rocks vs stones

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curiousmarcus

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I've searched the internet, as well as this forum, for the answer, but I'm not satisfied. So I'm posting again.

From what I've gleaned, rocks are bigger than stones. Is that all there is? My point in asking is I want to be sure I'm using the correct term when I'm pointing at a stone/rock and calling it so.

Can you lift a rock? If not, why is there the phrase Throwing rocks at my window?

Are stones more polished, and rocks more rugged and uneven?
 

Raymott

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Yes, stones tend to be smaller than rocks. There are also pebbles and boulders. But the rock/stone difference is just a guide. The stones at Stonehenge are massive.
 

SoothingDave

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On the other hand "Rockhenge" would be a good name for an outdoor music festival.
 

Skrej

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I use 'rocks' and 'stones' interchangeably. I climb over rocks and stones, but I also throw (or if they're neat looking, collect!) rocks and stones.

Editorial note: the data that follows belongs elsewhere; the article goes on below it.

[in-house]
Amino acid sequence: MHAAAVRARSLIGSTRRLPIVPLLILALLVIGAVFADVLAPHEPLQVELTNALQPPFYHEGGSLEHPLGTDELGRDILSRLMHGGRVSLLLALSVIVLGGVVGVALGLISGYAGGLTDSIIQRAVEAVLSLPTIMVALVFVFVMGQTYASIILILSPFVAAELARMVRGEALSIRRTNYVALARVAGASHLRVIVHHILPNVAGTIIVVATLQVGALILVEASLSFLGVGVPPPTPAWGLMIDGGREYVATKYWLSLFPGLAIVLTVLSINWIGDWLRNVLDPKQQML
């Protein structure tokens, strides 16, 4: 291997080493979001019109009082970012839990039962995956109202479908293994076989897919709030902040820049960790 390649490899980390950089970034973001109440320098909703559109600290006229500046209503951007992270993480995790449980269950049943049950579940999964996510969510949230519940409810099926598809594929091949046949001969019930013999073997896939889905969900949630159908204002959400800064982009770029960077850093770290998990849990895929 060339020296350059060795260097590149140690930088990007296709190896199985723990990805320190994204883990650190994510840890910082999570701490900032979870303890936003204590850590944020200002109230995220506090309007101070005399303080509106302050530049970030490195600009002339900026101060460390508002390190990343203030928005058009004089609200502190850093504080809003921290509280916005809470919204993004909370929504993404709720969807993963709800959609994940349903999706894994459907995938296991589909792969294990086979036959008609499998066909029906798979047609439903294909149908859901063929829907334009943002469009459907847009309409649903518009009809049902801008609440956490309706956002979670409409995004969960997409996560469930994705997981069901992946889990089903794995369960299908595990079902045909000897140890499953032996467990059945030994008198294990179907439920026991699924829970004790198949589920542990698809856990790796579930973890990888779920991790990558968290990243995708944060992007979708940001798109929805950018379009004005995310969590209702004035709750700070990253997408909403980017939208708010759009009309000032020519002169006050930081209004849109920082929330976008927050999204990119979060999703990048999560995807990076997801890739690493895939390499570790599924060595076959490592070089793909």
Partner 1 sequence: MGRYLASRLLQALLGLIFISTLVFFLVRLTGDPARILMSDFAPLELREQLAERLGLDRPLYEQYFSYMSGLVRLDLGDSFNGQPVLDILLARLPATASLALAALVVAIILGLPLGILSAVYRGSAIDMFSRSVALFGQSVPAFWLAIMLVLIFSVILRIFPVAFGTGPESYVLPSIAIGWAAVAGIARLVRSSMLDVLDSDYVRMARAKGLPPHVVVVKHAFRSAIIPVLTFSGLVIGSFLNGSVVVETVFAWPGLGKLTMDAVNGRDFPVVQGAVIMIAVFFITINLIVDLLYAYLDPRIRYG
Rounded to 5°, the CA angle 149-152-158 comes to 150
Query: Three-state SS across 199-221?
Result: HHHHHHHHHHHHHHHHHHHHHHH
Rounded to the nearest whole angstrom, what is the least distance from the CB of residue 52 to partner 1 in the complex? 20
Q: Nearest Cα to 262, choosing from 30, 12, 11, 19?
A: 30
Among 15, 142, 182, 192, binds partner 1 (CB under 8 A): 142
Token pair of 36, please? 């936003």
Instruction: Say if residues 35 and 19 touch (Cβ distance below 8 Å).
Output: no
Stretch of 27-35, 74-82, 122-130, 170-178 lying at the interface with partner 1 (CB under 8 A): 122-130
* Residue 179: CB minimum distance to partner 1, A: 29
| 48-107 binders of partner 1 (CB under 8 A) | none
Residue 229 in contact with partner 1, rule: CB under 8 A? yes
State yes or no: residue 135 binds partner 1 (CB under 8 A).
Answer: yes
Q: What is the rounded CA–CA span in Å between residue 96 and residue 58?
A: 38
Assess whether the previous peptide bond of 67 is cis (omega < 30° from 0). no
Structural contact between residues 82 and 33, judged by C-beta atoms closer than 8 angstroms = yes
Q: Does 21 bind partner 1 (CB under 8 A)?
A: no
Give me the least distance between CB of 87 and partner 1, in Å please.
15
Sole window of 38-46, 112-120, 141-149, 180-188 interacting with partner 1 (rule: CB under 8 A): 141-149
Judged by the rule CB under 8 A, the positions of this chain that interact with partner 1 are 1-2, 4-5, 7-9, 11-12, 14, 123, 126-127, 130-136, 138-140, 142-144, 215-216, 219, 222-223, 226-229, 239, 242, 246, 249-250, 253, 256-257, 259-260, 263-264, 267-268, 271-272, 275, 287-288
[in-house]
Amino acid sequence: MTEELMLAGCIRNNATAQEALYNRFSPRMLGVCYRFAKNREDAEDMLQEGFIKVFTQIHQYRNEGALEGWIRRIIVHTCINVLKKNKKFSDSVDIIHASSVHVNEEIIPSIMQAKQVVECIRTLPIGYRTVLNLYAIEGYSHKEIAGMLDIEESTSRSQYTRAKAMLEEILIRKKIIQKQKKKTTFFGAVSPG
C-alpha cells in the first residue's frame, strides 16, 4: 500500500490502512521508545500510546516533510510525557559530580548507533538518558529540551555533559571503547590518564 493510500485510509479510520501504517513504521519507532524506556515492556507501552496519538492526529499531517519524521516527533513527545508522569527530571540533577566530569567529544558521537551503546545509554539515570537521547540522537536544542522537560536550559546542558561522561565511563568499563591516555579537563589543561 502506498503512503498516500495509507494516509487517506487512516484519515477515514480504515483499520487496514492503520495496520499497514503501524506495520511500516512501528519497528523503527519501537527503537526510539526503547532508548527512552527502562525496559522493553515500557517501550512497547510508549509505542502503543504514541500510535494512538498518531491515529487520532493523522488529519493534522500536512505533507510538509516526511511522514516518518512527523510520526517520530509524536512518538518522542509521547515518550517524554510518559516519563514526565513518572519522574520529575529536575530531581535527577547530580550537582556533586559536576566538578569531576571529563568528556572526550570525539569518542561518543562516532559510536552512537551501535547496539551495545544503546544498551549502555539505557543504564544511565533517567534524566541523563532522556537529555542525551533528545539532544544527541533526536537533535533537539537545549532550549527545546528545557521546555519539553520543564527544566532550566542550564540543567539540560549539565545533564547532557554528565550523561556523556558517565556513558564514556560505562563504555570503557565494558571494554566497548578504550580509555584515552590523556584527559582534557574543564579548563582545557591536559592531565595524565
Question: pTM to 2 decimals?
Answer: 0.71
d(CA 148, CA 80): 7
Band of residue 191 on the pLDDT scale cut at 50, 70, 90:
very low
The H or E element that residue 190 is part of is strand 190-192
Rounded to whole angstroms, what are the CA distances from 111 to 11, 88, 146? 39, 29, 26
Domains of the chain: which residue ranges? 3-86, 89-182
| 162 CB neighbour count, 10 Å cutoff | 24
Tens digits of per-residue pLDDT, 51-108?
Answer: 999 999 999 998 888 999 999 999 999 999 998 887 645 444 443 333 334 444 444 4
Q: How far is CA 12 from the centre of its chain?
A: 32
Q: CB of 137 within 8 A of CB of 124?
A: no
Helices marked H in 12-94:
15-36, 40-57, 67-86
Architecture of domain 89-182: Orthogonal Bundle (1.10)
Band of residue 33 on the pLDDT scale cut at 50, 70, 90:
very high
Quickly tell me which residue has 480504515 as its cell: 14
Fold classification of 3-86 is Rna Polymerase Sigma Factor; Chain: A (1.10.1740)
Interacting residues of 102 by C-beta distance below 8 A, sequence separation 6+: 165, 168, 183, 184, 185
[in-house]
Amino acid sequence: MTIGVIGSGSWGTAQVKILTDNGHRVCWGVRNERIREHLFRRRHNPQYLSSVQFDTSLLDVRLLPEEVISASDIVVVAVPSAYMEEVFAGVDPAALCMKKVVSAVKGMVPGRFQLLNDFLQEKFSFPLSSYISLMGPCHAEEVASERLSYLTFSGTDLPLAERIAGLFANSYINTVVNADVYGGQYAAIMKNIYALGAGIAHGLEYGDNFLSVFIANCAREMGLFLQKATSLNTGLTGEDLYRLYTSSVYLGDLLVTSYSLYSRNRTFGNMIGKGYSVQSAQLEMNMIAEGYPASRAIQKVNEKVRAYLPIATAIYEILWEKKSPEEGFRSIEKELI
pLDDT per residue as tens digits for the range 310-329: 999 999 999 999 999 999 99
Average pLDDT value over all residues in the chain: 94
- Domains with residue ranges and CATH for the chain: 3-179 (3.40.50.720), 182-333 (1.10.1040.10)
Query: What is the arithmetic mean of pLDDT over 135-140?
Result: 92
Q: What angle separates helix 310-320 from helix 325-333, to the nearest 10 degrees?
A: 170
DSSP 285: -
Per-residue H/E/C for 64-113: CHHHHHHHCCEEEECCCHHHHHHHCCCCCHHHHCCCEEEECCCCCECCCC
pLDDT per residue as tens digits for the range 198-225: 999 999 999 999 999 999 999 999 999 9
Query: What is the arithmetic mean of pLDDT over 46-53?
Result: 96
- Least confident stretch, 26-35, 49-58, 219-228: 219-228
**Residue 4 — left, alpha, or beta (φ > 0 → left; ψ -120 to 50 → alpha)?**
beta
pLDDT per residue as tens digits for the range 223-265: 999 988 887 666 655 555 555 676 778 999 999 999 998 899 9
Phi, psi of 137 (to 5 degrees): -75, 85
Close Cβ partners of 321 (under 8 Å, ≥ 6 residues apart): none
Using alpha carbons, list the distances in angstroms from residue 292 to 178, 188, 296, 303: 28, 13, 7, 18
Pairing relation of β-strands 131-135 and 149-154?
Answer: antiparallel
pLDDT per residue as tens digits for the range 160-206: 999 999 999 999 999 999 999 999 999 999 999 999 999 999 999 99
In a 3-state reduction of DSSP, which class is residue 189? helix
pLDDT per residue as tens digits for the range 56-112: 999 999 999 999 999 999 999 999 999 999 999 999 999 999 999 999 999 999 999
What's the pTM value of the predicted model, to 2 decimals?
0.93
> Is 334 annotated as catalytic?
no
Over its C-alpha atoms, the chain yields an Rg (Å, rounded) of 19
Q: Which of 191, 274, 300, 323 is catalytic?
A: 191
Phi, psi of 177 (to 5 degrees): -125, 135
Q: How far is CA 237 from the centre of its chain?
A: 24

If I really want to emphasize the size, I'd use terms like pebble or gravel for the small stuff, and boulders for the large ones.

Every once in a while, when I get a new group of students, I'll buy some chocolate rocks and proceed to make a show of eating them in front of my students, then try and entice them to try them. It always draws a good reaction.
 

Charlie Bernstein

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I use 'rocks' and 'stones' interchangeably. I climb over rocks and stones, but I also throw (or if they're neat looking, collect!) rocks and stones.

If I really want to emphasize the size, I'd use terms like pebble or gravel for the small stuff, and boulders for the large ones.

I agree.

Now excuse me. I'm off to Rockhenge. . . .
 

JMurray

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Now excuse me. I'm off to Rockhenge. . . .

Are the Stones playing, by any chance?
 

GoesStation

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Rover_KE

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A stone circle, I presume.
 
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